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La Jolla Woman's Club

Historic Sites, Monuments, Landmarks, and Public Art (National Register of Historic Places)


The La Jolla Woman's Club held its first annual meeting in 1914. This building had been constructed in two years by New York born Irving Gil who did most of his work in Southern California. The Club was in full operational until the 1970s. While some meetings are still held today, there also public activities such as yoga, picnics and weddings held here. This building is considered one of Gil's most successful work.

La Jolla's Woman's Club pic, circa 1914-1915
Irving Gil
The building in 1971
Members of the Woman's Club prepare for their production of Romeo and Juliet, circa 1920
Construction of the building
The Woman's Club at the cornerstone laying in 1913
Part of the Woman's Club building as it looks today


The La Jolla Woman's Club was founded in 1894 as the Current Events Club, taking its present name in 1900. The social club was without a permanent home for the first twenty years of its existence. The cornerstone of the building was laid in December 1913, with the inaugural meeting held in 1914.

The site, design, and construction of the clubhouse were all donated to the La Jolla Woman's Club by philanthropist and club member Ellen Browning Scripps. The project cost a total of $40,000. The building is a prime example of Irving Gill's modern style, exemplified by simple geometrical shapes, and generous use of arches and columnns, with a minimum of ornamentation. This style has been described as "shaved Spanish," as it owes much to the colonial Spanish architecture of southern California - and in particular the California missions - with an emphasis on flat rooflines, and lack of frills. The building also was a product of Gill's experimentation with the concrete "tilt-wall" construction method, in which concrete slabs were poured in place onto a large table positioned at a fifteen-degree angle. After it was set, the wall was lifted into place, and windows fitted into it. The interior of the building also showcases Gill's interest in sanitation: there are no baseboards, mouldings, or other design details, as Gill believed that these features trapped dust and dirt. The La Jolla Woman's Club has been called one of Gill's most successful works.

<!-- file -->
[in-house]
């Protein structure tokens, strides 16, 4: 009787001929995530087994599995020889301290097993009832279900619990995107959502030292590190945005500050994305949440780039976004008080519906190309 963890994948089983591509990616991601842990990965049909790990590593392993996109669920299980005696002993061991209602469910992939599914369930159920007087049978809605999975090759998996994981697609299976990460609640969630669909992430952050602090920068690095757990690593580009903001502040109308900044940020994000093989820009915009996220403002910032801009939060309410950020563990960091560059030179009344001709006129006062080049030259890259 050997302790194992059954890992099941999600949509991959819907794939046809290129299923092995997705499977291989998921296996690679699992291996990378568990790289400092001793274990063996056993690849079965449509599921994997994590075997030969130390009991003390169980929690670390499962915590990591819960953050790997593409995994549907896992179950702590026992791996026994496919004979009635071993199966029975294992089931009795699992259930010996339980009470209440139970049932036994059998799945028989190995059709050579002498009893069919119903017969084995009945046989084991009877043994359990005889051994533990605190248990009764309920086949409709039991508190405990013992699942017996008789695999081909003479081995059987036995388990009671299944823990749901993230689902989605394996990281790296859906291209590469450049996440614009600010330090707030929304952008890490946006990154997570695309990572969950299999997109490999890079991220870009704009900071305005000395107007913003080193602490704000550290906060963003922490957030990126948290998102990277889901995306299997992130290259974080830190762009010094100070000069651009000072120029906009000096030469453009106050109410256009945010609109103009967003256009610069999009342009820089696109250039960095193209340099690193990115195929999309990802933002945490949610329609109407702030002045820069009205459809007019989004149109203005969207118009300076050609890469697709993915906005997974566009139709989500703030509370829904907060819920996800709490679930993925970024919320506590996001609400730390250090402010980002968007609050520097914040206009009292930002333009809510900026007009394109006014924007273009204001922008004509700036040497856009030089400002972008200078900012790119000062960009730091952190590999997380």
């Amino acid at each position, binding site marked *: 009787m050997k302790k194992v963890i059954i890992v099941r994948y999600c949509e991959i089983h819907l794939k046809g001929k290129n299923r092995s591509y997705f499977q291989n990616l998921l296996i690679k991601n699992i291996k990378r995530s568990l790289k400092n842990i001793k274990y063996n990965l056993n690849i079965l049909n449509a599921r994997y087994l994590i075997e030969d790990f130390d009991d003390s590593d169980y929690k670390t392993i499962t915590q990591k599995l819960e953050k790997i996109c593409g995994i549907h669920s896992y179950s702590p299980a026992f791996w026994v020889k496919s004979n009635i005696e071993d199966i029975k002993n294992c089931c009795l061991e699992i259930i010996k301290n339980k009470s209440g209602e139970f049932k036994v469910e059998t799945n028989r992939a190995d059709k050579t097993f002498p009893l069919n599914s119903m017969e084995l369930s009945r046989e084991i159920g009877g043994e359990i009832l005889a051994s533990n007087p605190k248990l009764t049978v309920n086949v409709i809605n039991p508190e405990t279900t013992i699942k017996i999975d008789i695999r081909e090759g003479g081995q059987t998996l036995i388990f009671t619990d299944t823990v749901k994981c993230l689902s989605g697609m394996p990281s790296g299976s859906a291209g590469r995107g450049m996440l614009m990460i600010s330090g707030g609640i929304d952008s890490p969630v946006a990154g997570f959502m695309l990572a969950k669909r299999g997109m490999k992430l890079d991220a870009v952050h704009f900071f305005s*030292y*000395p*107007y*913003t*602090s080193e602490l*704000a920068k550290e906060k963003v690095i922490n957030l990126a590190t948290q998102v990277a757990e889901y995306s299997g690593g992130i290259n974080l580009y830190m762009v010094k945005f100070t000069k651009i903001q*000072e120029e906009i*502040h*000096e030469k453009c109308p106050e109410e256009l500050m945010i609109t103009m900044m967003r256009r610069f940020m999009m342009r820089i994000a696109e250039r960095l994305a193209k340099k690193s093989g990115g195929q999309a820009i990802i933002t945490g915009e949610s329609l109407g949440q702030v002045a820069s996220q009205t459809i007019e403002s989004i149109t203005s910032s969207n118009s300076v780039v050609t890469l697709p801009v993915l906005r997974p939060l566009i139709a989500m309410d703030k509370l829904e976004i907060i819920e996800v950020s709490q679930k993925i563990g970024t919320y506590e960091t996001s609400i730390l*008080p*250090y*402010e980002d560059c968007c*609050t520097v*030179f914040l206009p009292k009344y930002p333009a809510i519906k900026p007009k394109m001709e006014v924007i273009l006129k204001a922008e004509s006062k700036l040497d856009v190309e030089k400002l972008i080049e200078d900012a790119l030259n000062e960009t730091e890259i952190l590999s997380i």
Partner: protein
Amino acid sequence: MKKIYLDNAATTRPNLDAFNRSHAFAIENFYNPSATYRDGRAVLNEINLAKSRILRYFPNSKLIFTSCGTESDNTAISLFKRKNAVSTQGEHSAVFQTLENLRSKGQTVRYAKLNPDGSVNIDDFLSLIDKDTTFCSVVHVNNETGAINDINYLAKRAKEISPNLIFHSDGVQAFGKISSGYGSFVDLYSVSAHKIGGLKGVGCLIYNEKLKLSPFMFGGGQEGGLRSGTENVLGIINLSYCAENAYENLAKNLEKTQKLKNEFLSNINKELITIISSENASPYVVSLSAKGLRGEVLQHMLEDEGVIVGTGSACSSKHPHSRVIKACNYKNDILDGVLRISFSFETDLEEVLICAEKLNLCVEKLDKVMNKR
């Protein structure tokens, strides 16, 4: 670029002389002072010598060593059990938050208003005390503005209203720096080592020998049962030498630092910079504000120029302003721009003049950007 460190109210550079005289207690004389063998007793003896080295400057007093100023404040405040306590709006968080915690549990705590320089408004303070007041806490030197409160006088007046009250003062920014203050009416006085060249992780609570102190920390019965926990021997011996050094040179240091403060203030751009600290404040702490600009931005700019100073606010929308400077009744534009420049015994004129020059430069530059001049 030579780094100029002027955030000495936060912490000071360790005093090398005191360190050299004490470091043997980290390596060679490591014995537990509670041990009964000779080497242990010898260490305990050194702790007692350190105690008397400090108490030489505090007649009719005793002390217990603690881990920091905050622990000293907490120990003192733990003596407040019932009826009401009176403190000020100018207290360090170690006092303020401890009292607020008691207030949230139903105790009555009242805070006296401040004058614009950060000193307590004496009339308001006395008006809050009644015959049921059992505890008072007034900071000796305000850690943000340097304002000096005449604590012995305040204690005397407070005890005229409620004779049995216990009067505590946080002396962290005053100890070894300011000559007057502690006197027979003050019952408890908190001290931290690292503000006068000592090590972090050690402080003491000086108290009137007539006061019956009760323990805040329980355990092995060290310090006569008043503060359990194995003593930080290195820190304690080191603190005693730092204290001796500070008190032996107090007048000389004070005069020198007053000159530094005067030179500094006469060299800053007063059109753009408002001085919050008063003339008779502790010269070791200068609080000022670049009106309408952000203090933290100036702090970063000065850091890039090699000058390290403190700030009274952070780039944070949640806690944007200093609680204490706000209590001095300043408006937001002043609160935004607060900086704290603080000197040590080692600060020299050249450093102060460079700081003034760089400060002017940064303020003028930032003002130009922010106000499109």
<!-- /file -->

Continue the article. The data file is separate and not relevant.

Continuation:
The building was added to the National Register of Historic Places in 1974, and is one of several notable Gill-designed buildings in La Jolla, along with The Bishop's School and the La Jolla Recreation Center. The clubhouse is open to visitors on Saturdays from 9:00 am to noon.


Hines, Thomas S. (2000). Irving Gill and the Architecture of Reform: A Study in Modernist Architectural Culture. Monacelli. 

Kamerling, Bruce (1993). Irving J. Gill, Architect. San Diego Historical Society.

McCoy, Esther (1960). Five California Architects. Reinhold Publishing.

 Who's Who Among the Women of California. 1922. p.86.

LeBlanc, Sydney. The Architecture Traveler: A Guide to 250 Key Twentieth-Century American Buildings. 2000. p. 24.

7791 Draper Ave
La Jolla, CA 92037
Phone Number
  • Architecture and Historical Buildings
  • Urban History
  • Women’s History
This location was created on 2017-04-11 by Mike Emett .

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